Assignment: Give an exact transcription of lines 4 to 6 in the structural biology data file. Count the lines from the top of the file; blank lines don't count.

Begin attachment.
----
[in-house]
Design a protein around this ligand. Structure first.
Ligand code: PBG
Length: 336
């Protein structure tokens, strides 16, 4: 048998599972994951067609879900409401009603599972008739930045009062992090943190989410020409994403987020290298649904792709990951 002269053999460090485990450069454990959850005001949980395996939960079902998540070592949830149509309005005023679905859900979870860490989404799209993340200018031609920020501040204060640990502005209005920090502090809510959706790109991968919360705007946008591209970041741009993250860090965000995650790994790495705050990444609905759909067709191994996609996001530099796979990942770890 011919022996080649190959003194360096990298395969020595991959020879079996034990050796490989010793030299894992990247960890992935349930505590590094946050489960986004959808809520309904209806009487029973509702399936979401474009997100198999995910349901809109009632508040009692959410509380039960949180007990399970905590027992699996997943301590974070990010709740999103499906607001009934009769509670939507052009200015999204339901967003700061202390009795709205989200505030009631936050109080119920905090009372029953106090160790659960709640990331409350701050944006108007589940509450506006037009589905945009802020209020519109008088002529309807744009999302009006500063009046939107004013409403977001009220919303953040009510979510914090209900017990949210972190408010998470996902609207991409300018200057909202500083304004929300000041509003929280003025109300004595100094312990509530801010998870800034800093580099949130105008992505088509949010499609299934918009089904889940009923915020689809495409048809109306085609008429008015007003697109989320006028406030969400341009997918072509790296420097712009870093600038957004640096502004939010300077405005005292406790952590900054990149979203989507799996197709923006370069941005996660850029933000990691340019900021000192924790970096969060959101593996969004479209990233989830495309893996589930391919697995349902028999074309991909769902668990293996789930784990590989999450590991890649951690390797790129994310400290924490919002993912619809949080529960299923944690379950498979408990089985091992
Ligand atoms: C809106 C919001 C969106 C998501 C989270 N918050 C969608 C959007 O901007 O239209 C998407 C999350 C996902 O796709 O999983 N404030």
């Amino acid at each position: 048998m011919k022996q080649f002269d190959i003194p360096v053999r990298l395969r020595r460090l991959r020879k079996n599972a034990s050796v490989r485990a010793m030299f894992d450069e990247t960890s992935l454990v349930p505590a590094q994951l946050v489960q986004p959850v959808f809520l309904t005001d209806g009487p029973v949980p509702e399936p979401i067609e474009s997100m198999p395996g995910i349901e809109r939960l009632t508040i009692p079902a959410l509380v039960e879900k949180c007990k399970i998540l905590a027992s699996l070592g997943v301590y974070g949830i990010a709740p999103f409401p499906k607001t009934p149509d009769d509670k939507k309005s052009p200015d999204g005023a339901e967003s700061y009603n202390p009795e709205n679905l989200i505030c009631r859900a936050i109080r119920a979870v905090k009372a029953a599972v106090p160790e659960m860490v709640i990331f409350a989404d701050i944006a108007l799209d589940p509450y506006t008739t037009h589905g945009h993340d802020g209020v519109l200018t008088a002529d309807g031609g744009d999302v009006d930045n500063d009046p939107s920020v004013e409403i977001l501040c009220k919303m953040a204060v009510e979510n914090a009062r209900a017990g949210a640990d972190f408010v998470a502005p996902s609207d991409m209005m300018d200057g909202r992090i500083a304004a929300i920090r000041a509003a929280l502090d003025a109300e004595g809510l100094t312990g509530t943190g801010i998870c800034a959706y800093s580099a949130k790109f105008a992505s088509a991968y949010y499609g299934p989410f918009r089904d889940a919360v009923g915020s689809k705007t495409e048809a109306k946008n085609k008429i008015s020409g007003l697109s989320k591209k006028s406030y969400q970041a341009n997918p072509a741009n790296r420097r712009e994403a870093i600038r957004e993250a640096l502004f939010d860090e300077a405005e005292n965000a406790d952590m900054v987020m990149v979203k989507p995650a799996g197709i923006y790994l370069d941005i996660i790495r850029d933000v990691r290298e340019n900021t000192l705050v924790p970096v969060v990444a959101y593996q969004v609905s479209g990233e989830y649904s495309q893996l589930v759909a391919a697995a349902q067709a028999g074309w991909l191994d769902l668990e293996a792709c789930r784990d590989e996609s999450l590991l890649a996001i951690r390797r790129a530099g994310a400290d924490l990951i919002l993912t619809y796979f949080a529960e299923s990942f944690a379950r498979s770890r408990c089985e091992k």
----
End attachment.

Length: 336
């Protein structure tokens, strides 16, 4: 048998599972994951067609879900409401009603599972008739930045009062992090943190989410020409994403987020290298649904792709990951 002269053999460090485990450069454990959850005001949980395996939960079902998540070592949830149509309005005023679905859900979870860490989404799209993340200018031609920020501040204060640990502005209005920090502090809510959706790109991968919360705007946008591209970041741009993250860090965000995650790994790495705050990444609905759909067709191994996609996001530099796979990942770890 011919022996080649190959003194360096990298395969020595991959020879079996034990050796490989010793030299894992990247960890992935349930505590590094946050489960986004959808809520309904209806009487029973509702399936979401474009997100198999995910349901809109009632508040009692959410509380039960949180007990399970905590027992699996997943301590974070990010709740999103499906607001009934009769509670939507052009200015999204339901967003700061202390009795709205989200505030009631936050109080119920905090009372029953106090160790659960709640990331409350701050944006108007589940509450506006037009589905945009802020209020519109008088002529309807744009999302009006500063009046939107004013409403977001009220919303953040009510979510914090209900017990949210972190408010998470996902609207991409300018200057909202500083304004929300000041509003929280003025109300004595100094312990509530801010998870800034800093580099949130105008992505088509949010499609299934918009089904889940009923915020689809495409048809109306085609008429008015007003697109989320006028406030969400341009997918072509790296420097712009870093600038957004640096502004939010300077405005005292406790952590900054990149979203989507799996197709923006370069941005996660850029933000990691340019900021000192924790970096969060959101593996969004479209990233989830495309893996589930391919697995349902028999074309991909769902668990293996789930784990590989999450590991890649951690390797790129994310400290924490919002993912619809949080529960299923944690379950498979408990089985091992
Ligand atoms: C809106 C919001 C969106 C998501 C989270 N918050 C969608 C959007 O901007 O239209 C998407 C999350 C996902 O796709 O999983 N404030």